At the last valuation date prior to exit, the valuation of company X was performed as follows. Firstly, an imputed market EV/EBITDA multiple was calculated using whichever method the valuer uses to estimate these multiples. In this example the comparative multiple was adjusted for market, growth and size discrepancies. The imputed multiple was then used to calculate the enterprise value and after the waterfall has been implemented, a final equity value is calculated.
Then a realisation occurs and the realisation takes place at an equity value of R 4 650, not an uncommon occurrence. The standard breaks down the investigation of differences into three categories: 1. Find out what information was known or knowable at the last valuation date; 2. Assess how this information was used in calculating value at the last valuation date; and 3. Determine if the information was properly considered, given the final result.
Firstly information is gathered that was either known or knowable. In this example, let us confine that to information that influences the material judgemental inputs. This includes: the information considered for the calculation of the maintainable EBITDA, the information considered for the estimate of the liquidity discount and the information considered in estimating the quantum of the various multiple adjustments.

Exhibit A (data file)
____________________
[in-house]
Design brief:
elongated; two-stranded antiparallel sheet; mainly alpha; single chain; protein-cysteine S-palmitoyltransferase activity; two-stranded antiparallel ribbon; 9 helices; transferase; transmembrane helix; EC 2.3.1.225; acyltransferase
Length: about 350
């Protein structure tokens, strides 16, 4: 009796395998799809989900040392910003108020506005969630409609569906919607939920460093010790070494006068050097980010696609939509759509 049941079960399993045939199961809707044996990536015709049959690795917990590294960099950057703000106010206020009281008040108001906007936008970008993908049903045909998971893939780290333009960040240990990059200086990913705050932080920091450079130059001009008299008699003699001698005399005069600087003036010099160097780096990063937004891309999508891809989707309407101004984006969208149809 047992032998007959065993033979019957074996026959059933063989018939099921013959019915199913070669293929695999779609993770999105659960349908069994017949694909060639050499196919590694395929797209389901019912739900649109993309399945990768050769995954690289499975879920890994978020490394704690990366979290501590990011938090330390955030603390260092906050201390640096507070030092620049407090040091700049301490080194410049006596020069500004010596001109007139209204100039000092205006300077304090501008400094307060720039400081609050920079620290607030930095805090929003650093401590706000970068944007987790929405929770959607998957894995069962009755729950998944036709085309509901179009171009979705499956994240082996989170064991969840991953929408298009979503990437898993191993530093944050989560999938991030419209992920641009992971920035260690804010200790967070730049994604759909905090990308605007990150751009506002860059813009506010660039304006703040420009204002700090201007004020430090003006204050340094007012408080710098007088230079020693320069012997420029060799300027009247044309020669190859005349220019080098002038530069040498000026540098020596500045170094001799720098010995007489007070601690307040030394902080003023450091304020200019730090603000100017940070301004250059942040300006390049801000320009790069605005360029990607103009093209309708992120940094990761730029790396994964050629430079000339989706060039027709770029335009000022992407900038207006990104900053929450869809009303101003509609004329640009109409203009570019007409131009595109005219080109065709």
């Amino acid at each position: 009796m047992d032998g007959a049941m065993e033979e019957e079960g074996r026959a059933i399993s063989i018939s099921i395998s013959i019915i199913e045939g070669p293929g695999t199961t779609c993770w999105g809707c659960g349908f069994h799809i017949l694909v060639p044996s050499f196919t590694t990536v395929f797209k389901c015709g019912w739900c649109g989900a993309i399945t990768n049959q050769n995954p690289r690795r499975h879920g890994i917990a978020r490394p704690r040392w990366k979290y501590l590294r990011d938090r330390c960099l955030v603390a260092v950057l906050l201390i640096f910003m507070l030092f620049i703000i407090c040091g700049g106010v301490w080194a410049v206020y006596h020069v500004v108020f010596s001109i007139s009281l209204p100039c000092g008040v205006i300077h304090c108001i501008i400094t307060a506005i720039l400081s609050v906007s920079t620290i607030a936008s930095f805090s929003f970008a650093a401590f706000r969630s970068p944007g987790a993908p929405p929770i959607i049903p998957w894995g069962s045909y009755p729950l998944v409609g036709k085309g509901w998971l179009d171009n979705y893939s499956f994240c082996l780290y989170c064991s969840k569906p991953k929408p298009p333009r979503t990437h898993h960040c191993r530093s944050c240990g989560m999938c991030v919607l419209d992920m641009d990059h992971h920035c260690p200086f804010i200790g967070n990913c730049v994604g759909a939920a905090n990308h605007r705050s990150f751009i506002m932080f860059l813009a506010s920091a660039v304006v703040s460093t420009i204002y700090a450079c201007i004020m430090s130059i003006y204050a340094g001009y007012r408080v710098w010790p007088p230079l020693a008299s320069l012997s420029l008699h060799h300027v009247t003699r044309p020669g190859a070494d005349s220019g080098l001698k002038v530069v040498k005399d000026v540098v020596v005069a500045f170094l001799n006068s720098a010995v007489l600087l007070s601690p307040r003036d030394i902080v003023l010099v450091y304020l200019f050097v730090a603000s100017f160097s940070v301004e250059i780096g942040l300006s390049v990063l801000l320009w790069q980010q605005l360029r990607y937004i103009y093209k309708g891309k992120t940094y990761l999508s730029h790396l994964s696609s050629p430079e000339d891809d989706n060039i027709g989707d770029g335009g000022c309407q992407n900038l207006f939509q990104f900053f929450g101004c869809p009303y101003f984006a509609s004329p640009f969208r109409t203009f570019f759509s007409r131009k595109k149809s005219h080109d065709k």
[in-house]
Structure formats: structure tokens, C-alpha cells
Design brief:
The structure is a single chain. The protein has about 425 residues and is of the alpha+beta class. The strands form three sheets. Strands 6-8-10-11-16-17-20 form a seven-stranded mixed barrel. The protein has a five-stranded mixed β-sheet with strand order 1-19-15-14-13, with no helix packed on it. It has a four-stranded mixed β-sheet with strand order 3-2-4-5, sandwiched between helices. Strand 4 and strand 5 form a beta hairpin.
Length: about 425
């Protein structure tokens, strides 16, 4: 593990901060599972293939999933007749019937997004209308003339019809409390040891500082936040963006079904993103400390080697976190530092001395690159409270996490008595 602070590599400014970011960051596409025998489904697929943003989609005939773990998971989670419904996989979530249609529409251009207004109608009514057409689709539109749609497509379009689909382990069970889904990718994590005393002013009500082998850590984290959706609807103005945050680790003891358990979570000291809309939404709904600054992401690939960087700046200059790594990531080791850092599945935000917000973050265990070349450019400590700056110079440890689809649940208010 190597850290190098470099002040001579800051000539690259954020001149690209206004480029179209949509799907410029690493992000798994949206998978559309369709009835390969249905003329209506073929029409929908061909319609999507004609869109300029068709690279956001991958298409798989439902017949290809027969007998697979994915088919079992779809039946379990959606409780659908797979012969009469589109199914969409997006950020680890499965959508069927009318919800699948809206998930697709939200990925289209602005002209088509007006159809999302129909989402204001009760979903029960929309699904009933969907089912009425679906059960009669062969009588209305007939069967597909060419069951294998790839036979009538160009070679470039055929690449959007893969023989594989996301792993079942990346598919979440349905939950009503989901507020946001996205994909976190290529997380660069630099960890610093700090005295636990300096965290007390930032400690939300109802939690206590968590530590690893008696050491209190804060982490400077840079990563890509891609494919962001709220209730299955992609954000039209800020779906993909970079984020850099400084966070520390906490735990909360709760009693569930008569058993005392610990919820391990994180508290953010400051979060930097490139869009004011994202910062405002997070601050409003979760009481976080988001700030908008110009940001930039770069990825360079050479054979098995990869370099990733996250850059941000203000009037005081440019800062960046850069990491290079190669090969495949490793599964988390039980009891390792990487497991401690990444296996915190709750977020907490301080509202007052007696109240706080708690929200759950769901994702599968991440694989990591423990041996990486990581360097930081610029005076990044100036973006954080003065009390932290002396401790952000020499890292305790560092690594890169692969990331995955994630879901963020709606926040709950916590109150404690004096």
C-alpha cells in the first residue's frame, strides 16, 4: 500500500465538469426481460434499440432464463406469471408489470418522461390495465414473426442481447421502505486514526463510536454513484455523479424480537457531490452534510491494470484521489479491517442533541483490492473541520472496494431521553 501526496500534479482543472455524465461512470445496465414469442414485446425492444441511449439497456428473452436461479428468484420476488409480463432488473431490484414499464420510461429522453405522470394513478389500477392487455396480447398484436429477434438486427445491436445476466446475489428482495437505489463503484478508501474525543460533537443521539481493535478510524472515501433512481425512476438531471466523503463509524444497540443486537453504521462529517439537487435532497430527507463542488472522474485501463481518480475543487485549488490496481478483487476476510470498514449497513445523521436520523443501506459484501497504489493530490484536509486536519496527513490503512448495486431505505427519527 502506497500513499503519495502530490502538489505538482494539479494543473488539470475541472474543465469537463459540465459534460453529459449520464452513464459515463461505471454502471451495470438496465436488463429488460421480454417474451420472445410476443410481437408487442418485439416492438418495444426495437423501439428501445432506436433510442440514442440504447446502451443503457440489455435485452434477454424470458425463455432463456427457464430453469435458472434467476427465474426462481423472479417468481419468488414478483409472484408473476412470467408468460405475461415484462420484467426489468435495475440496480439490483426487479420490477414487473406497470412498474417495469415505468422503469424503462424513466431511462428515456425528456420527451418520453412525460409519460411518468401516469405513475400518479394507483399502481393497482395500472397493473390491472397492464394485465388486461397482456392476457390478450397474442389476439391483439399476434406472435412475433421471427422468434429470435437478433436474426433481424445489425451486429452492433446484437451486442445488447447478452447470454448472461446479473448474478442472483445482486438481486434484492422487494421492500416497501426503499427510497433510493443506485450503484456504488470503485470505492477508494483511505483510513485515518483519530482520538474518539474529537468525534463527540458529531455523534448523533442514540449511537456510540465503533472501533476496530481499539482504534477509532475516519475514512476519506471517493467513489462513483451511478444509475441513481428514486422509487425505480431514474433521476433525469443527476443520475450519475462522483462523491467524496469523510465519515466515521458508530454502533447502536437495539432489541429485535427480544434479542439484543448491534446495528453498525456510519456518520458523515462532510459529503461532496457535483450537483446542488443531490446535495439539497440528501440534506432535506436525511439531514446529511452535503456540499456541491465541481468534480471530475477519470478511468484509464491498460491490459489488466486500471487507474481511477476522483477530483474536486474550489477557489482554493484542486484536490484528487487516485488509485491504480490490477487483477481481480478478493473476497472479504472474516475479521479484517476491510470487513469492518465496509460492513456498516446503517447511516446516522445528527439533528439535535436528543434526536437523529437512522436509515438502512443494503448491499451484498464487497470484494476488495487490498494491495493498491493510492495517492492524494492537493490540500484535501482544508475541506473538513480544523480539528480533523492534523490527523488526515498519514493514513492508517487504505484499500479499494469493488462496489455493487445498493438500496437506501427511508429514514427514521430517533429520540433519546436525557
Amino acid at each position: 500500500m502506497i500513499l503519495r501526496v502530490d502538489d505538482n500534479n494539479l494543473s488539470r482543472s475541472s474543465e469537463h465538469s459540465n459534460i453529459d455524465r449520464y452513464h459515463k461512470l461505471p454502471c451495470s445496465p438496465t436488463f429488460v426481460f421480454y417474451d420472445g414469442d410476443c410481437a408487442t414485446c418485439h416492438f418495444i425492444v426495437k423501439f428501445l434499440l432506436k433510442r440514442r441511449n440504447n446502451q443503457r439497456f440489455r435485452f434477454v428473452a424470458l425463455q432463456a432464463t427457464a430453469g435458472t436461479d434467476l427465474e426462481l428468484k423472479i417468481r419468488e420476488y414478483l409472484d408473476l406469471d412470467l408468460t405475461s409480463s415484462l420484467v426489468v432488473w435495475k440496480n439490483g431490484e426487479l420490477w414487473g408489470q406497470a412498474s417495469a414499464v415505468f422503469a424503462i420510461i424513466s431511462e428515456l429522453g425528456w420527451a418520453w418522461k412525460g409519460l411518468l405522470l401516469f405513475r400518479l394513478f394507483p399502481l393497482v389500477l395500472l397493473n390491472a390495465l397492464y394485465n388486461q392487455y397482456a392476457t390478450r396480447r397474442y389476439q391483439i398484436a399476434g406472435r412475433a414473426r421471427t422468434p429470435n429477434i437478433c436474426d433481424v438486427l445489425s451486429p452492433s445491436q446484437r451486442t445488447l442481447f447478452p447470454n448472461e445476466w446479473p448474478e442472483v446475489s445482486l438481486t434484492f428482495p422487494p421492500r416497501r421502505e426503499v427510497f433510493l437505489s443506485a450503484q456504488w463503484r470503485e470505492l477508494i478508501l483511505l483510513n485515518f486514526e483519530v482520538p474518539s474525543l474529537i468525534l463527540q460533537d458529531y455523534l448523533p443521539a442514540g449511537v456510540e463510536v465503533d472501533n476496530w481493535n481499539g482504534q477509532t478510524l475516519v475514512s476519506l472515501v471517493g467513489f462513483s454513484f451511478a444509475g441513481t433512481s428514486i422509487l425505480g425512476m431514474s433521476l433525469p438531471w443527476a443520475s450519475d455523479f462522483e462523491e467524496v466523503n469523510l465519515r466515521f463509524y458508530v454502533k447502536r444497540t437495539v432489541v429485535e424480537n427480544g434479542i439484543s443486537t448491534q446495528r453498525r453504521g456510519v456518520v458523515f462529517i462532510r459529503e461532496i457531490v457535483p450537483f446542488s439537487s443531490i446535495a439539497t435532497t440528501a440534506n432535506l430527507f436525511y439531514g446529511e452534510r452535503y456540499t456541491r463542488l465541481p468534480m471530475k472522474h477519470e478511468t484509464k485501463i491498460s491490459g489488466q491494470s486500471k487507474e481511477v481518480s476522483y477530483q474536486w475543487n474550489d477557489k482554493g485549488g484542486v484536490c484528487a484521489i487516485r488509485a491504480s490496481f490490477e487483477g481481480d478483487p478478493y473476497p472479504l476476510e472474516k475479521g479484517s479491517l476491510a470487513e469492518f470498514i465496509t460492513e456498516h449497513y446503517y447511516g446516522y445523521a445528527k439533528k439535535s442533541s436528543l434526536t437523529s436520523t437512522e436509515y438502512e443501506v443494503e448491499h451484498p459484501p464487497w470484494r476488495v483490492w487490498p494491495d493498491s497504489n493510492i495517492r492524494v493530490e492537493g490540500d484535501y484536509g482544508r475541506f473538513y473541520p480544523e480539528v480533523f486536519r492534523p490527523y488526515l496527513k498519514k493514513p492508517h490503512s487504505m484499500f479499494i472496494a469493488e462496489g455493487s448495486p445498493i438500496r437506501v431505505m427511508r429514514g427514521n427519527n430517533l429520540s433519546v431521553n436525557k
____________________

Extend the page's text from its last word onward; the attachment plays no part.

In the perfect world of examples, two errors become apparent in hindsight, the first being an overly conservative adjustment that was made to the maintainable earnings and similar conservative estimates of future growth prospects. After the correction of these estimation errors, the calculation would be as follows:
As always, the idea is simple in the world of examples, but a lot harder to execute in practice. A lot of research is being done on valuation as the subject attracts a lot of interest. Interesting to note when reading this research is that in general it is very hard to prove anything conclusively in the field. The reason for this is quite simple. The prices that assets obtain in the market are subject to the imperfection and the noise of the market. And, these factors are significant. On examining the research regarding the effectiveness and perfection of the market, it indicates that markets have weak to partially-effective characteristics. This indicates that this research is performed on listed markets, how much the more so for private markets where the market price is set by only two participants that will always bring different levels of skill, motivation to transact, synergies and awareness of market prices to the table.